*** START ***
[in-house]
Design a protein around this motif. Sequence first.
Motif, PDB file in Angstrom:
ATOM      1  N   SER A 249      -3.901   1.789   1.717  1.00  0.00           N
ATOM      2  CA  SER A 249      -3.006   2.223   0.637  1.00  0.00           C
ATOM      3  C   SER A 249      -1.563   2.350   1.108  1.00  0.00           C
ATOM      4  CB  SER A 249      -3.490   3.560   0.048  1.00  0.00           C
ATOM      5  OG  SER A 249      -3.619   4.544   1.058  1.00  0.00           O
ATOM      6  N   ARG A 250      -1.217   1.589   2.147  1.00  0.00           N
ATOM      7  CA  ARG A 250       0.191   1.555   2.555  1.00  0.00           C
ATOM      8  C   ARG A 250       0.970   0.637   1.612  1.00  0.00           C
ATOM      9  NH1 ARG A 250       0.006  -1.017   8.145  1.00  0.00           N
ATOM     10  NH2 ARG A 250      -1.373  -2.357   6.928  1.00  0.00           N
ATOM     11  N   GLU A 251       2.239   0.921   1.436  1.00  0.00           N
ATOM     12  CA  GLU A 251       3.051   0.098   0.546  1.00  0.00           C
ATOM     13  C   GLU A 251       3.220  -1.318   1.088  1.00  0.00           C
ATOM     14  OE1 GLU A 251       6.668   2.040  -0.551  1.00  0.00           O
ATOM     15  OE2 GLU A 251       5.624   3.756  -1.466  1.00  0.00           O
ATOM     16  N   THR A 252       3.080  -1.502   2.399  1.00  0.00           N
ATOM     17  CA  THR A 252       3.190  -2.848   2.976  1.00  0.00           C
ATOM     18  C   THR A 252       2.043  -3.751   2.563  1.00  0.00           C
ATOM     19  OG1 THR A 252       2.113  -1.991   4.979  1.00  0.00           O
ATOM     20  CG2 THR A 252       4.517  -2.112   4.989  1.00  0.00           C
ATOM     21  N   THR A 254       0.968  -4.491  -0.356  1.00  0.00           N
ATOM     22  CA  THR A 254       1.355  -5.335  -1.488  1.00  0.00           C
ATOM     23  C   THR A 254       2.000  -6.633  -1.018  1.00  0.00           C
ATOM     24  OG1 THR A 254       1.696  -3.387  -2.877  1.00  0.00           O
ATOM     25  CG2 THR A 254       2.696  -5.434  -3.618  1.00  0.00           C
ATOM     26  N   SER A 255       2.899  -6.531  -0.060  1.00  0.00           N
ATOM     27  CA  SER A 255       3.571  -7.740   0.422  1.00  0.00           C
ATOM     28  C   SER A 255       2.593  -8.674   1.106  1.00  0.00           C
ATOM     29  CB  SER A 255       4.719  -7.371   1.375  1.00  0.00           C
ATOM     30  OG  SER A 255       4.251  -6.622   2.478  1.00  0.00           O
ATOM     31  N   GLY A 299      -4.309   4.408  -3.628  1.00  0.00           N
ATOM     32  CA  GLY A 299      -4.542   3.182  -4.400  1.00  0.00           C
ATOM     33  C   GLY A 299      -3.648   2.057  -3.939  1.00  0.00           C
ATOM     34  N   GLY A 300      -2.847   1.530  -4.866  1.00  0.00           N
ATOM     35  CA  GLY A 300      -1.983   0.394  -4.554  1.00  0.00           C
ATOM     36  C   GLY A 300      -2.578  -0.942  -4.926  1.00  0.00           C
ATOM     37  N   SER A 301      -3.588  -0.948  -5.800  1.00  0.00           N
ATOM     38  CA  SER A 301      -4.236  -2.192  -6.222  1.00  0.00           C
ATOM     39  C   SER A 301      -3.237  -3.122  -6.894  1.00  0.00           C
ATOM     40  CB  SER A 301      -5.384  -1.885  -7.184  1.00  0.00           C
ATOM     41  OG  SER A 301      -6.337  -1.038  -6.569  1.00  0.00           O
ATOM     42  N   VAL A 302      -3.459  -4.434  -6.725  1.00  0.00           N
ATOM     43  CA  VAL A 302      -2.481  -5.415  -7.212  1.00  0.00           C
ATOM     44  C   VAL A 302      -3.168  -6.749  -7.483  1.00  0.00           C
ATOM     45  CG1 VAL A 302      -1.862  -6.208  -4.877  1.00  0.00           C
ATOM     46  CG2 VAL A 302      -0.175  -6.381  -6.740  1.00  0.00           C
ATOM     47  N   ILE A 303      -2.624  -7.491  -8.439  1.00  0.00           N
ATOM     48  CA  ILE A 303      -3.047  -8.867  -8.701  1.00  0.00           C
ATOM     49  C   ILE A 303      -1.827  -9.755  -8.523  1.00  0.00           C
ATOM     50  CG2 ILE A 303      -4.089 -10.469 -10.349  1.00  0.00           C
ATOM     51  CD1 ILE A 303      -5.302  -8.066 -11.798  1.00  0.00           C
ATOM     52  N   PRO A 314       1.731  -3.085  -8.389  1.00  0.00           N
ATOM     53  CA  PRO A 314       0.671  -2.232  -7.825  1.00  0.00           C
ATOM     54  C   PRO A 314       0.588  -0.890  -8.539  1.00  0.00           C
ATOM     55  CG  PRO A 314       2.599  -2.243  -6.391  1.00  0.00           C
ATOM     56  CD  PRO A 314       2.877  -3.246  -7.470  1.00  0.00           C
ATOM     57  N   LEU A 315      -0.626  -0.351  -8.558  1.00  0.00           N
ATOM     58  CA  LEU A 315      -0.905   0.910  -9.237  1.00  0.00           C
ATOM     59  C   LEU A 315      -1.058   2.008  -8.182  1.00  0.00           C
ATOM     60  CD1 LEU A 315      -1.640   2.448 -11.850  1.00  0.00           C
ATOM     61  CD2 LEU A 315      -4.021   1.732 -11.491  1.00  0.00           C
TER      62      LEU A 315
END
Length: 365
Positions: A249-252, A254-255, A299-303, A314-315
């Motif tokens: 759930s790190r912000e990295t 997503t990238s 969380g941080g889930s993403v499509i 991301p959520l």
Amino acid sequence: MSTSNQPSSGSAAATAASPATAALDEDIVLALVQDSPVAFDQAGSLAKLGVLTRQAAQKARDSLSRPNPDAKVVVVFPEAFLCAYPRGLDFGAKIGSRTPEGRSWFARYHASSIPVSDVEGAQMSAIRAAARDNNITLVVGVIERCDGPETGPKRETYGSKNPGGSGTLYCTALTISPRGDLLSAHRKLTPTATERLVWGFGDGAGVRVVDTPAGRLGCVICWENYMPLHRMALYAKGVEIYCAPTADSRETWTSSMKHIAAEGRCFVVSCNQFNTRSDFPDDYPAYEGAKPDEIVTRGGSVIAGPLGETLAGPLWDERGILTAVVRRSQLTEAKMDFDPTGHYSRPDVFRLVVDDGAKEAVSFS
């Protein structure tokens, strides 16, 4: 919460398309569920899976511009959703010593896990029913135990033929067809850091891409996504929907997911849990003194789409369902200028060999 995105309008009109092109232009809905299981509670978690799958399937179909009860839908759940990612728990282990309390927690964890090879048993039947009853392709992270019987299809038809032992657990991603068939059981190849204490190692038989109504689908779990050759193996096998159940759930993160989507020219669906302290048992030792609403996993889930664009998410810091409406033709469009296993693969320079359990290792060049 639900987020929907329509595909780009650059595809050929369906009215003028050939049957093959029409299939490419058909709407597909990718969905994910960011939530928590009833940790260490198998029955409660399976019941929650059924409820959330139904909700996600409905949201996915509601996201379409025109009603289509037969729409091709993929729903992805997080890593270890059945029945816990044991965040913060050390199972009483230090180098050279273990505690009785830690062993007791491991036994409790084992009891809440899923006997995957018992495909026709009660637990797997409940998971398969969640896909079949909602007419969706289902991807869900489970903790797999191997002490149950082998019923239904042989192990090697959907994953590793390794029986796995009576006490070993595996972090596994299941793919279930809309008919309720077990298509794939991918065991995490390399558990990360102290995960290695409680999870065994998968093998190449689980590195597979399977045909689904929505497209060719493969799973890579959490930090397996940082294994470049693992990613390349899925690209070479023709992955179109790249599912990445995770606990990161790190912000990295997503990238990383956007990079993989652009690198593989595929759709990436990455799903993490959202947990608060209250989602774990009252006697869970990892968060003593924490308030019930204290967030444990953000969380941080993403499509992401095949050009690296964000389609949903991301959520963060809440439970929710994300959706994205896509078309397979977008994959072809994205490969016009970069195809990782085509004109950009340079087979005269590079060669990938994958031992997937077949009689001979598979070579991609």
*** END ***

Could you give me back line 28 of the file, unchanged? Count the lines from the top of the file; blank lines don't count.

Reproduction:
ATOM     25  CG2 THR A 254       2.696  -5.434  -3.618  1.00  0.00           C